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HPE Joins Dell in Pointing Finger at Western Digital over SSD Death Bug

Updated 9.30 BST March 30, 2020, with comment from Western Digital.

Numerous Solid-State Drives (SSDs) made by SanDisk suffer from a flaw that can see them wiping out everything stored on them at 40,000 hours (four years) — with HPE today joining Dell in naming SanDisk owner Western Digital as responsible for the bug, which has seen system administrators scramble to find and fix affected servers.

Neglecting to get a firmware fix in “will result in drive failure and data loss at 40,000 hours of operation and require restoration of data from backup if there is no fault tolerance, such as RAID 0 or even in a fault tolerance RAID mode if more SSDs fail than can be supported by the fault tolerance of the RAID mode on the logical drive” HPE said.

It added: “After the SSD failure occurs, neither the SSD nor the data can be recovered. In addition, SSDs which were put into service at the same time will likely fail nearly simultaneously.” (Many experienced teams will build stacks with non-sequential serial numbers and storage products from different vendors, but that’s not always easy…)

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HPE guidance for customers posted on March 20 said that based on its analysis of when servers equipped with the SanDisk SSDs started shipping, customers shouldn’t suffer issues before October 2020; giving end-users plenty of time to make the critical patch before their drives get bricked. Other OEMs are likely to be affected.

(Computer Business Review has not yet seen any further customer advisories. If you got one from another server vendor, get in touch with our editor…)

Hey, Western Digital: Thanks for That

Today naming Western Digital for the first time (an earlier statement had just cited a “Solid State Drive manufacturer), HPE told Computer Business Review in an emailed statement: “HPE was notified by Western Digital of a manufacturer firmware defect in certain SAS SSD models used across the industry.

“Because this defect only causes drive failure after 40,000 hours of operation, no HPE customers are in danger of failing for several months. HPE has received Serial Number information on the drives delivered to HPE customers, and we are actively reaching out to those customers and to provide updated firmware.”

A Western Digital spokesperson told Computer Business Review: “Delivering high-quality, highly reliable storage solutions is our number one priority.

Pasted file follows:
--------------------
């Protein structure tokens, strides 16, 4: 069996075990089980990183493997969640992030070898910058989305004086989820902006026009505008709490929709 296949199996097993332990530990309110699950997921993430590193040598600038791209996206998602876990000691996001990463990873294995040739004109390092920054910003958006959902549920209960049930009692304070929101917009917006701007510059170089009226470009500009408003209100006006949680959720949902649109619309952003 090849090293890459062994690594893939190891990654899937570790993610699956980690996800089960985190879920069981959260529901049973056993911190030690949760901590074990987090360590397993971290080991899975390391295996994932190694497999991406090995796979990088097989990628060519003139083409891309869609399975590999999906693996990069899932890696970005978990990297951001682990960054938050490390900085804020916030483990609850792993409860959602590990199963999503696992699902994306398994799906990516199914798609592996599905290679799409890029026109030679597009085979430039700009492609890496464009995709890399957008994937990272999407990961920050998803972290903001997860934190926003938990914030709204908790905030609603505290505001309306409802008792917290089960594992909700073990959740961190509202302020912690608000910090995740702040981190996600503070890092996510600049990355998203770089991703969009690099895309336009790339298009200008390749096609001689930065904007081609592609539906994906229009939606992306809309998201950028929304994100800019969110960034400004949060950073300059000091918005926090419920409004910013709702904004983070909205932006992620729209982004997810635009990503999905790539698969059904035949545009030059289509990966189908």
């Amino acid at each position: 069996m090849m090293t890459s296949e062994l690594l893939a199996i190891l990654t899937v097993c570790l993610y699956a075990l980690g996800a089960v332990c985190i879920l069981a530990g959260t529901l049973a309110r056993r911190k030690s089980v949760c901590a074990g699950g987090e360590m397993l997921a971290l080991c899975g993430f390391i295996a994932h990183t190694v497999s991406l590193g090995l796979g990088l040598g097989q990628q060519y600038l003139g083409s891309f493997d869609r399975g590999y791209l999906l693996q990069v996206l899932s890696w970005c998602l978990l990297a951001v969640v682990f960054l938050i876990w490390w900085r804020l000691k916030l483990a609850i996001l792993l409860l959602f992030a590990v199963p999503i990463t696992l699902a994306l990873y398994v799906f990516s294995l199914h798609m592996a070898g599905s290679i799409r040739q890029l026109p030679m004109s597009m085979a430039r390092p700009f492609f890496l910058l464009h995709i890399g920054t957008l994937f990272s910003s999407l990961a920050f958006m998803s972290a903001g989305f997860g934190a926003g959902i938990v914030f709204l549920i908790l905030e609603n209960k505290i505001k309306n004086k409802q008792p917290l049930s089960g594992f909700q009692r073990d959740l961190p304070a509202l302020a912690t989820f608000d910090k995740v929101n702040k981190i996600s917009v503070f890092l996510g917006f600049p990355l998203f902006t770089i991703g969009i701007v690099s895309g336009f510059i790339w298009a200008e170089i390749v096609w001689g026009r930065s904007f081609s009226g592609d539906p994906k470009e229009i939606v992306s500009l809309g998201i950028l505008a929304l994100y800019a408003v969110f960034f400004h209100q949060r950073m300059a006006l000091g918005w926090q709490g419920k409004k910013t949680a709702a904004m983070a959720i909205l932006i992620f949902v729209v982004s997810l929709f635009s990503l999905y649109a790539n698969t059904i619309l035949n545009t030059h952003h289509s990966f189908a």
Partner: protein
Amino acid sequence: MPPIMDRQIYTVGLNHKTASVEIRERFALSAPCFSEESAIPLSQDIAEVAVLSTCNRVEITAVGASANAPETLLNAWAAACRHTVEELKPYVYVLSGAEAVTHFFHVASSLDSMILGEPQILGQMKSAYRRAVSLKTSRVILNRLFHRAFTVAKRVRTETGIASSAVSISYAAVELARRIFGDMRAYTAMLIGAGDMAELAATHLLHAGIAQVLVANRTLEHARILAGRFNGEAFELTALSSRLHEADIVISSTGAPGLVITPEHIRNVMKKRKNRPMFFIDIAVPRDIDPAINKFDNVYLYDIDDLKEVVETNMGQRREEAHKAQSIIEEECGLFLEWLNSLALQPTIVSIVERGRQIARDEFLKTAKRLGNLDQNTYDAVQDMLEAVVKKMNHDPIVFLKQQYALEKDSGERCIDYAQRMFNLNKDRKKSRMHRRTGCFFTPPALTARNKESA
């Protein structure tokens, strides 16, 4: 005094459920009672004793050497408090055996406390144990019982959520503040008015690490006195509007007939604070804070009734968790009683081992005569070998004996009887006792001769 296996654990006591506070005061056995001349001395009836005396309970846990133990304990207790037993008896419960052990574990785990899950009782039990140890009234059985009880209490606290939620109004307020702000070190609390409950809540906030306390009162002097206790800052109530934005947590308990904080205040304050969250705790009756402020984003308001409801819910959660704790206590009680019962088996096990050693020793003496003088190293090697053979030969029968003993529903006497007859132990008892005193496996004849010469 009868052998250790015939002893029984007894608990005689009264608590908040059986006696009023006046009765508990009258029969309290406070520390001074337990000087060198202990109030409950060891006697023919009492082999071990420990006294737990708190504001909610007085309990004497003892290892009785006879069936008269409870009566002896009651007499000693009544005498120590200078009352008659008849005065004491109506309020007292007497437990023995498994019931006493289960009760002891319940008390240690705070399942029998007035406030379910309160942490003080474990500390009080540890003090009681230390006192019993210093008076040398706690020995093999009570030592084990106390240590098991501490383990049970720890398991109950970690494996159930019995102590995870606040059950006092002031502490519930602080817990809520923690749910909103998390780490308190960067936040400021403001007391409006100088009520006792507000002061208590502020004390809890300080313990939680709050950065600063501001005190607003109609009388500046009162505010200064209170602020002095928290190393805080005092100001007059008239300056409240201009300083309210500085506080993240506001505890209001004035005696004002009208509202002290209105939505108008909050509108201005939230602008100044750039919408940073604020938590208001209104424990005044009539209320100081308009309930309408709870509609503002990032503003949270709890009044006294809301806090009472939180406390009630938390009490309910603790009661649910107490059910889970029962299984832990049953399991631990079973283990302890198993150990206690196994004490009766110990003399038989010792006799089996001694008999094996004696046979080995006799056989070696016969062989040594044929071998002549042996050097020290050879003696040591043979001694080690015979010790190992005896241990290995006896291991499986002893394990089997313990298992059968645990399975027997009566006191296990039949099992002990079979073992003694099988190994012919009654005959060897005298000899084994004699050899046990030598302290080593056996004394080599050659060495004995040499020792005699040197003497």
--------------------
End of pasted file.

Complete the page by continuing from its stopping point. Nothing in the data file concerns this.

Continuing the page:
“Western Digital discovered a firmware issue in a specific line of older, end-of-life SanDisk SAS SSDs, and pre-emptively contacted and began collaborating with our OEM partners to quickly provide a solution for their customers. A firmware fix for this issue is available for use by customers. As part of our policy, we cannot comment any further. Any questions about OEM products should be directed to the OEM. Thank you.”

SanDisk SSD Bug: Dell Told Customers in February

Death bug appears at 4-years.

Dell meanwhile notified its customers in February, emailing them  to say that it had “identified a potentially critical issue where certain solid state drives may experience failure and potential data loss due to an issue with the drives’ firmware, the drives may fail after approximately 40,000 hours of usage.”

SanDisk drives ranging from 200GB to 1.6TB are understood to be affected. These can be found in a sprawling array of Dell and HPE servers: both companies have furnished users with a full list of impacted products.

HPE has made Linux, VMware, and Windows scripts available which perform an SSD drive firmware check for the 40,000 power-on-hours failure issue, as has Dell, which pointed the finger at SanDisk model numbers LT0200MO, LT0400MO, LT0800MO, LT1600MO, LT0200WM, LT0400WM, LT0800WM, LT0800RO and LT1600RO.

Attentive systems administrators should have little trouble identifying the servers affecting and patching them in a hopefully bug-free manner, but the issue is frustrating for major OEMs like Dell and HPE; which face having to identify and notify all impacted customers — and which will no doubt take the brunt of any criticism.

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CBR Staff Writer

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